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Why transparency makes business sense

  • Published at 09:48 pm May 22nd, 2019
Why transparency makes business sense
The benefits are many Bigstock

Brands are increasingly realizing the genuine bottom-line benefits

We hear all the time that there are social and ethical reasons for becoming a more transparent organization by, for instance, revealing the names and addresses of suppliers in company supply chains. 

But the real reason why organizations are becoming more transparent is that there are genuine business benefits to being more open and upfront with industry stakeholders. 

Most of the world’s leading businesses now understand that -- which is why many leading apparel brands are now going down the route of listing their supply chains on their websites and making public transparency pledges on these issues.

In addition, many such businesses are now taking a more open and progressive approach generally by, for instance, working with other industry stakeholders -- including NGOs -- on industry-wide initiatives, as well as collaborating with their competitors on sustainability initiatives in a way we would never have seen just a few years ago.

Bangladesh has led the way on the issue of apparel industry transparency in recent years. The Bangladesh Accord and the Alliance for Bangladesh Factory Safety both carried out major safety programs across the Bangladesh RMG sector. Most importantly, the full findings of their factory inspections are publicly available on the websites of these respective bodies.

It has just recently been announced that Bangladesh’s top court has extended the work of the Accord on Fire and Building Safety in Bangladesh by 12 months through to 2020. Crucially, once the accord’s work is handed over to a new, national body in Bangladesh, all existing transparency features of the accord will be maintained, including full disclosure of all results of inspection and remediation activities on a public website. 

There is more. Earlier this year, it was announced that a team of researchers have begun work in Bangladesh to begin the process of mapping every single garment factory in the country. The researchers are carrying out a door-to-door census, visiting thousands of factories, equipped with mobile apps. 

This will allow them to amass thousands of GPS-linked data points collected on the ground from factory-owners, workers, and organizations in the boldest step yet towards radical transparency in garment supply chains. 

C&A Foundation and BRAC University, in collaboration with BGMEA, are administering the digital factory map. The aim of the mapping is to democratize data collection and transparency by permanently transitioning accountability for apparel factory improvements in Bangladesh.

Clearly, our own country is leading the way in this new era of radical transparency. But what are the business benefits to being more transparent? There has been much written on this issue and many commentators believe the benefits are focused around issues such as improved brand reputation, improved access to capital, and improved legal compliance in supply chains.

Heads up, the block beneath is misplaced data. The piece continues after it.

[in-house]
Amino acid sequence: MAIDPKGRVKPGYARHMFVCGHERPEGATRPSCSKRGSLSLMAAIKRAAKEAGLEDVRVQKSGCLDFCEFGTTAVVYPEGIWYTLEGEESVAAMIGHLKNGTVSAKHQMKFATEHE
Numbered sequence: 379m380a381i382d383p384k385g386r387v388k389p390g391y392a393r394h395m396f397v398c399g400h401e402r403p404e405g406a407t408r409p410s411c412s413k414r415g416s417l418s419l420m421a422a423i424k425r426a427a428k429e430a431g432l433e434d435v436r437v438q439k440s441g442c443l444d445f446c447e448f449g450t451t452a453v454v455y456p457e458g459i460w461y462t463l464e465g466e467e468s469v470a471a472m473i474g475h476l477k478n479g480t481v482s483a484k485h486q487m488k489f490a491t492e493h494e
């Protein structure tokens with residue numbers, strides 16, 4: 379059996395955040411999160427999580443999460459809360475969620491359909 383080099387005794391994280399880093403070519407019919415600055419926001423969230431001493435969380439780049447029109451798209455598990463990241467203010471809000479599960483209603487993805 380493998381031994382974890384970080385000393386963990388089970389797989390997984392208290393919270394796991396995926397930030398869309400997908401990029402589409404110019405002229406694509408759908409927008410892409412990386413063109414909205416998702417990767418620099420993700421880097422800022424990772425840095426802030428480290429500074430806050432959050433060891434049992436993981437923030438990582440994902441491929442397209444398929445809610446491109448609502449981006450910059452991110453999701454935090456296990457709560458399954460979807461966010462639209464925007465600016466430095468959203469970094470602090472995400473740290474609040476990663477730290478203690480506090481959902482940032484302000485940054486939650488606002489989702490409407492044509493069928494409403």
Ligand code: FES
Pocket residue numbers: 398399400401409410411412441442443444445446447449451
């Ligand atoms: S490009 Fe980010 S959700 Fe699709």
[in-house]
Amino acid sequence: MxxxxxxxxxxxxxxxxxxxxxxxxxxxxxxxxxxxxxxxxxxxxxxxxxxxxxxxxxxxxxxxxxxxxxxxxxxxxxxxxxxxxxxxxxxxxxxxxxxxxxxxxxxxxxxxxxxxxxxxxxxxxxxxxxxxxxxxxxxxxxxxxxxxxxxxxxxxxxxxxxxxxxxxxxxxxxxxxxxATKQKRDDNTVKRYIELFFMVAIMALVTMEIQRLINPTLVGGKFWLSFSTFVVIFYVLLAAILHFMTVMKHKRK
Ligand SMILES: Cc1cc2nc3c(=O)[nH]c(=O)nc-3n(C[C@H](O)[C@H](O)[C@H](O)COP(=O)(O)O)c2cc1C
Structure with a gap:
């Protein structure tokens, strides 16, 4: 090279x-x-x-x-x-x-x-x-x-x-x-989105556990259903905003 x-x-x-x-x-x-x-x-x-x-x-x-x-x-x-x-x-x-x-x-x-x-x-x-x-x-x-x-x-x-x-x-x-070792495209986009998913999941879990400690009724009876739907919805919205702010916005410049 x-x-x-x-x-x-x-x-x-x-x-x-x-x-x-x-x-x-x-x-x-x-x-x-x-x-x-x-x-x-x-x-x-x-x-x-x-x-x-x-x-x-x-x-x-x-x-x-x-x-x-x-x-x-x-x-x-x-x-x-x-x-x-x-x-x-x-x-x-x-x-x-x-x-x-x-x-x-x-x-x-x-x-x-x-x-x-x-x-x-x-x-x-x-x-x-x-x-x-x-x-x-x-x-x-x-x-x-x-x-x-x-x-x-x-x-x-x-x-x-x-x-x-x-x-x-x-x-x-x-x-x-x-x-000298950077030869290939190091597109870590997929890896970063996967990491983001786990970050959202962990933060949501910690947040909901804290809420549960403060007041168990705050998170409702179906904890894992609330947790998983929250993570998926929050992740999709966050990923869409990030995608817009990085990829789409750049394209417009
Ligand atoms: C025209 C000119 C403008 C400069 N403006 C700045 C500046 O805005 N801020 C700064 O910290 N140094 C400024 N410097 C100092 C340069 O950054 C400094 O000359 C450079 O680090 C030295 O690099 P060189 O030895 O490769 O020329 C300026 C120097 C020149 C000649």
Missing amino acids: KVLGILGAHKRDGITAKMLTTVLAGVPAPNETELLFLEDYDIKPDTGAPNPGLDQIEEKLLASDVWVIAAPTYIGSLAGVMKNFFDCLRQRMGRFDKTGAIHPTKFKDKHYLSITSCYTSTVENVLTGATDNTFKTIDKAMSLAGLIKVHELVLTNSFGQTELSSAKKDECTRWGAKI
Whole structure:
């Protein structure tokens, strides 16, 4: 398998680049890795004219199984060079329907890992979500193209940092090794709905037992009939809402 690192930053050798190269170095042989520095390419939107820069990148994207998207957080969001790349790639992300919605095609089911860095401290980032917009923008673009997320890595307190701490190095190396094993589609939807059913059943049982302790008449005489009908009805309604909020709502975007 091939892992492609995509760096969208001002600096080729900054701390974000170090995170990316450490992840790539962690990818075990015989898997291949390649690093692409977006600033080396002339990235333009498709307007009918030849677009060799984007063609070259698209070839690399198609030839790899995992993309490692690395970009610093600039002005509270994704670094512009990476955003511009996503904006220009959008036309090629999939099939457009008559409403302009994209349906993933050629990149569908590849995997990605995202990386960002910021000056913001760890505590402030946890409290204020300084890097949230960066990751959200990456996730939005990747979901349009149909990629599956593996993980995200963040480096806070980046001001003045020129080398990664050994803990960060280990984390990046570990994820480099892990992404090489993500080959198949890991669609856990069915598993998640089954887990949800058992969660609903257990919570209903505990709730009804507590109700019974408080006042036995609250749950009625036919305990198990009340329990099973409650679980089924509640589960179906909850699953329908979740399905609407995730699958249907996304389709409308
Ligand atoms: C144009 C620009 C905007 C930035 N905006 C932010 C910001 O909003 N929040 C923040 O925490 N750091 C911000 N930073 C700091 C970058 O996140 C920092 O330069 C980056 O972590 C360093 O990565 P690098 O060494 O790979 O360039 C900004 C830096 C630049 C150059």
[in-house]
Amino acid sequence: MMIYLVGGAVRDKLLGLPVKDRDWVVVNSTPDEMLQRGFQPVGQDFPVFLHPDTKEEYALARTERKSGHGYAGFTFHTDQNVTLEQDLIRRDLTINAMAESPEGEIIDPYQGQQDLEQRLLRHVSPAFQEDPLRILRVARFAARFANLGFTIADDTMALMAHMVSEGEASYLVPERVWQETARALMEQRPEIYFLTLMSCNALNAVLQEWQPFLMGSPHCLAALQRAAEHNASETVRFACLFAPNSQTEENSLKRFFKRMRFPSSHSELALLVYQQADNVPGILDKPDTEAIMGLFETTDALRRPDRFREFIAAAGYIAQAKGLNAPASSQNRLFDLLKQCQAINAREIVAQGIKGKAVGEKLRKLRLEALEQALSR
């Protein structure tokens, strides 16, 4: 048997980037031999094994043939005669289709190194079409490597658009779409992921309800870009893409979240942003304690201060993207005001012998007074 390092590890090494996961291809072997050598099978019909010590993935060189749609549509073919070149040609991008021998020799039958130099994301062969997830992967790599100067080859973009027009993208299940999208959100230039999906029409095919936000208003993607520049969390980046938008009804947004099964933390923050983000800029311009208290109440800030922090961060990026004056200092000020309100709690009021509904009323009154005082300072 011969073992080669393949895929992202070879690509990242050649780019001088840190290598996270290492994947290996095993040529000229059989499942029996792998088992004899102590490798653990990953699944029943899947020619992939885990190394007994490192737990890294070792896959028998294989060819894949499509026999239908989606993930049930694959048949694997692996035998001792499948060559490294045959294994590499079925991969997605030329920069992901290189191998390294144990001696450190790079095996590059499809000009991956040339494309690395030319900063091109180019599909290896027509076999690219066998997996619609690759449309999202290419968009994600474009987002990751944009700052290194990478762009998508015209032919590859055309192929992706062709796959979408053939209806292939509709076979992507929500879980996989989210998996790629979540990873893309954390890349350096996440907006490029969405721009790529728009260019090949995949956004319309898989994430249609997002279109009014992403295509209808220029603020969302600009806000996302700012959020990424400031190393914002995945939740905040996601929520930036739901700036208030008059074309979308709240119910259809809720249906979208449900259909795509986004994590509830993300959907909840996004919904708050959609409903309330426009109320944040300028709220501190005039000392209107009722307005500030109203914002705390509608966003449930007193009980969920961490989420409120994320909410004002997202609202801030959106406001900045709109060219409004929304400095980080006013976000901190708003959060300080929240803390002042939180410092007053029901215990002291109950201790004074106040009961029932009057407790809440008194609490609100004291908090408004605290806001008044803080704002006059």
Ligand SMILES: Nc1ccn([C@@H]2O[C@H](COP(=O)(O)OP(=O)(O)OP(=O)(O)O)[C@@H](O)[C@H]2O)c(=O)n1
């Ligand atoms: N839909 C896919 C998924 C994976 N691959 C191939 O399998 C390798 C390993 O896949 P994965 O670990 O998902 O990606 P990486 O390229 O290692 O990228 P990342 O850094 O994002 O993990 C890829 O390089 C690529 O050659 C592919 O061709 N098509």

One of the biggest benefits to being a transparent business is that it improves business reputation. Apparel companies such as H&M, Levi’s and Nike have led the way on this issue but they have been followed by the likes of Benetton, Primark, Hugo Boss, and Abercrombie and Fitch. Research from Fashion Revolution found that as of April 2019, 180 Brands across 75 companies were disclosing at least some of the facilities making their clothes.

All of the businesses that have publicly chosen to disclose their suppliers have received positive publicity, boosting their reputation. Likewise, apparel brands which continue to refuse to reveal their supply chains have suffered from poor reputation, as well as coming under public pressure from NGOs on this issue. One would expect to see further developments in this area so that, as far as credible reputation is concerned, listing which suppliers produce your clothing will one day become non-negotiable.

Reputational issues are applicable to many stakeholders -- from consumers who prefer to know where their clothing garments come from, to investors who are increasingly interested in making ethical investments and also want to ensure they are investing in businesses which they can trust.

There are also operational and legal issues around the issue of transparency. Publishing lists of suppliers can help with the issue of unauthorized sub-contracting -- a huge problem in the global apparel industry and Bangladesh is no exception. 

It also helps to shine a light on workplace problems, potentially reducing the risk of labour violations in businesses supply chains, providing stronger due diligence, and offering better compliance with current regulatory regimes.

There are wider factors to consider here. In the past couple of years we have seen growing consensus around the issue of transparency from organizations such as the German Partnership for Sustainable Textiles (which encourages members to list suppliers) and the US-based Fair Labour Association (FLA) which has recently decided that its company affiliates should publicly disclose their supplier lists

It would not be a surprise if other affiliate groups followed this example and also demanded full supply chain disclosure from their members.

Things are moving fast on these issues, with smart apparel brands realizing that there are genuine bottom-line benefits to being more open and transparent with stakeholders and showing they have nothing to hide.


Mostafiz Uddin is the Managing Director of Denim Expert Limited. He is also the Founder and CEO of Bangladesh Denim Expo and Bangladesh Apparel Exchange (BAE). He can be reached at [email protected].